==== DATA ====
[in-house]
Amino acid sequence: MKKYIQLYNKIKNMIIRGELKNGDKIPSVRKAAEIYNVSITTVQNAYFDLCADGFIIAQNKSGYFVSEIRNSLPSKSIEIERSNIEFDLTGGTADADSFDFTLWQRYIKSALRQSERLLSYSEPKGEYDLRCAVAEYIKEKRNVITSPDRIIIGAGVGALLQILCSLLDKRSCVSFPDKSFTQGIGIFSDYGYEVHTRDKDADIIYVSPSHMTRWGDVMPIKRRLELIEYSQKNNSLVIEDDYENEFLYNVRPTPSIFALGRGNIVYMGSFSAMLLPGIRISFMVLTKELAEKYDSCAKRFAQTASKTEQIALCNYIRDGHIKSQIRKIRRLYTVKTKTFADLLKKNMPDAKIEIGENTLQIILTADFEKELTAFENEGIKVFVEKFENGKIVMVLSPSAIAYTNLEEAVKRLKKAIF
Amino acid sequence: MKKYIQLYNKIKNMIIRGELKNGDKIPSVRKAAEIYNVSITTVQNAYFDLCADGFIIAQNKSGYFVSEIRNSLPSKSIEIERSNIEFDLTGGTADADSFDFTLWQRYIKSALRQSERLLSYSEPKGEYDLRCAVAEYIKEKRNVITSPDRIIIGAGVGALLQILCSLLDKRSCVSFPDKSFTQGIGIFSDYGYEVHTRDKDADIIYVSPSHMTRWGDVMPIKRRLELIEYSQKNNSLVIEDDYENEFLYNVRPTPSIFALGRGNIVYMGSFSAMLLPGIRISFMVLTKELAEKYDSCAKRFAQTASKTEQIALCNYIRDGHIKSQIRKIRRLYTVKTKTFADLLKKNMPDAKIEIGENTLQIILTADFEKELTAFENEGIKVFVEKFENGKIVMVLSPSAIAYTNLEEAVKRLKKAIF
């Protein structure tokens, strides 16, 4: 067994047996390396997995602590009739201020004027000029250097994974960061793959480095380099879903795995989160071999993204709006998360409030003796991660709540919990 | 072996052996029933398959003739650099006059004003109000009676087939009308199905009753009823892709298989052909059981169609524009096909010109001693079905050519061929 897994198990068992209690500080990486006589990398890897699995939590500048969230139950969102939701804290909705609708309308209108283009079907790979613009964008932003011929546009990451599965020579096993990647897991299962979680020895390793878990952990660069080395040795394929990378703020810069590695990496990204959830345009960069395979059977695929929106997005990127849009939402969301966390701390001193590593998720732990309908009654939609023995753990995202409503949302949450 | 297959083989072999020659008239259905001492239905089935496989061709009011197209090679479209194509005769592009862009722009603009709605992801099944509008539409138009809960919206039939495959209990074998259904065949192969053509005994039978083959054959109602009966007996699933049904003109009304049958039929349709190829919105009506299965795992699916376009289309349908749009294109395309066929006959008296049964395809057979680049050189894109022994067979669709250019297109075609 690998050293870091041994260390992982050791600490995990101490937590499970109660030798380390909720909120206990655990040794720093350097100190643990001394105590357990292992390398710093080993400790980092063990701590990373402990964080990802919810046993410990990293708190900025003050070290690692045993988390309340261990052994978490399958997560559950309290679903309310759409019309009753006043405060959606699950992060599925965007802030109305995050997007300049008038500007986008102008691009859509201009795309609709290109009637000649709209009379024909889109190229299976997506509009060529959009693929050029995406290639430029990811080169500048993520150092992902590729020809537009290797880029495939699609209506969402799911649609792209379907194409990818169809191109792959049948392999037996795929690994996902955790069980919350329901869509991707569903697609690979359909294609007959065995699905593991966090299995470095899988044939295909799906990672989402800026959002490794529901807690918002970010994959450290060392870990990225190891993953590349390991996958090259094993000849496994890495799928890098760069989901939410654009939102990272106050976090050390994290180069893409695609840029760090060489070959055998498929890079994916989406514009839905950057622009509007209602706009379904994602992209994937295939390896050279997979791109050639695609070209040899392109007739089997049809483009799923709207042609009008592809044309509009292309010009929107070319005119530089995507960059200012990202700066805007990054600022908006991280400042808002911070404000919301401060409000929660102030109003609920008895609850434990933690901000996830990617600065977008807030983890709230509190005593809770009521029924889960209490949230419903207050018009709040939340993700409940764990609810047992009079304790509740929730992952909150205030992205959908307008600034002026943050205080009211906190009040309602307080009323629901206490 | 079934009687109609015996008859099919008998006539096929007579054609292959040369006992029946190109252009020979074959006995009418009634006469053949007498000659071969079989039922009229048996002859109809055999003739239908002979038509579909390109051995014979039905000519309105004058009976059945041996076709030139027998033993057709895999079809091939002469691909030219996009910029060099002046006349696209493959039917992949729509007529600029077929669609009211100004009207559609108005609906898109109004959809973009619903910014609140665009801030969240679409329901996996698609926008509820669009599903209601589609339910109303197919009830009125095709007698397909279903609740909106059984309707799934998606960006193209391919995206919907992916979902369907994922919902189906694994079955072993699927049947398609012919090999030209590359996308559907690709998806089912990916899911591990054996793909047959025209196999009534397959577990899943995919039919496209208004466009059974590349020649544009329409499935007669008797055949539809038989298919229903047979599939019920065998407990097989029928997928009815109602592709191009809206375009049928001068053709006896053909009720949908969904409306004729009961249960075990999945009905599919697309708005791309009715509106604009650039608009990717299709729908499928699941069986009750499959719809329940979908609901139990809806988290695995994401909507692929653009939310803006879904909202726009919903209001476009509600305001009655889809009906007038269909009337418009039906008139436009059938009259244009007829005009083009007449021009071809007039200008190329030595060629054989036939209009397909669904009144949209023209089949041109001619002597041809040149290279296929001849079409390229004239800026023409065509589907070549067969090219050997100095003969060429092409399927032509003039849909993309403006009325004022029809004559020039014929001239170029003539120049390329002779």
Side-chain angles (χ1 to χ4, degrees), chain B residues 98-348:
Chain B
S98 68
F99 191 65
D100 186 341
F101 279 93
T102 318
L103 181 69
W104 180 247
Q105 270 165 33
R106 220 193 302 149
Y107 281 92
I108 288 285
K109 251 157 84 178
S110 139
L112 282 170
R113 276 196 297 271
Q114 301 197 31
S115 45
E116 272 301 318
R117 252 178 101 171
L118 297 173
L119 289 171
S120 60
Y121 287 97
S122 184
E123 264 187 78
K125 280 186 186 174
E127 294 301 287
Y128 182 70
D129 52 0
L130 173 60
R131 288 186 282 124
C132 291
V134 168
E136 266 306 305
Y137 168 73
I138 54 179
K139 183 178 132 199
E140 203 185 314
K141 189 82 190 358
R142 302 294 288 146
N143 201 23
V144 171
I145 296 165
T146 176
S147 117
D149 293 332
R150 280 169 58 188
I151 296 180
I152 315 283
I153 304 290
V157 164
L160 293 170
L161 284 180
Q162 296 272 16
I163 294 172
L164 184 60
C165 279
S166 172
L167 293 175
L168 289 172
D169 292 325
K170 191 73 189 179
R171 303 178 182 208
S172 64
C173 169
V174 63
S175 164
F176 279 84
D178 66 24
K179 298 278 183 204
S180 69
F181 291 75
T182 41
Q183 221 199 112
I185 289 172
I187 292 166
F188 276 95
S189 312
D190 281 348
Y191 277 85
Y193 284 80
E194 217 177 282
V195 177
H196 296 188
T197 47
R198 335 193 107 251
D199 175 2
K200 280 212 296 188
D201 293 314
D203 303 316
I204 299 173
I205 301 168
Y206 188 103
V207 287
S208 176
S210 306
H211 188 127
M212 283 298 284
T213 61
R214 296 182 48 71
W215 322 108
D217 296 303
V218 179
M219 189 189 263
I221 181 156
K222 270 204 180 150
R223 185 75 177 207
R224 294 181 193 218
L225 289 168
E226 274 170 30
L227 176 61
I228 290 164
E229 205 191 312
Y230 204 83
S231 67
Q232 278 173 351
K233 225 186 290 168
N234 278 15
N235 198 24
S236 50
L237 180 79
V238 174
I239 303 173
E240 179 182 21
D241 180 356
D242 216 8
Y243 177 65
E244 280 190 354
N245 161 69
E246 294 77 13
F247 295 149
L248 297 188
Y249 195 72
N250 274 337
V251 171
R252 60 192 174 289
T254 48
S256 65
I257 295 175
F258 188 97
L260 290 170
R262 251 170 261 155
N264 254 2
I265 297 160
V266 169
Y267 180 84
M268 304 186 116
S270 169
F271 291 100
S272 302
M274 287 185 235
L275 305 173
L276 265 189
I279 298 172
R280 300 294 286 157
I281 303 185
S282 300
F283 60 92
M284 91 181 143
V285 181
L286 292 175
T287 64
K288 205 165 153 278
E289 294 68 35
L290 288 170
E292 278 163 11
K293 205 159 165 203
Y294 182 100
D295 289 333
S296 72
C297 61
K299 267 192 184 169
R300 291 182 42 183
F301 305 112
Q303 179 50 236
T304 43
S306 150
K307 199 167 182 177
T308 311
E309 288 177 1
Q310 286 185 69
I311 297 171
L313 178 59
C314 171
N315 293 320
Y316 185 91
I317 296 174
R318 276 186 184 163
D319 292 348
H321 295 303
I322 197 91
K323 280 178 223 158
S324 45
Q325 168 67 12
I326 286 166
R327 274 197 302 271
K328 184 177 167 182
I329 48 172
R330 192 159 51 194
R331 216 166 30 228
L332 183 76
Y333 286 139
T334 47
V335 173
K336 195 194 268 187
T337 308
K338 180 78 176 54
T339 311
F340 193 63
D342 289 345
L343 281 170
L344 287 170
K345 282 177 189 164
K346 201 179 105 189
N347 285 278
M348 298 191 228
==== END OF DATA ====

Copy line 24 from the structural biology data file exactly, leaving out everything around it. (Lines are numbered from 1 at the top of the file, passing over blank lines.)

E116 272 301 318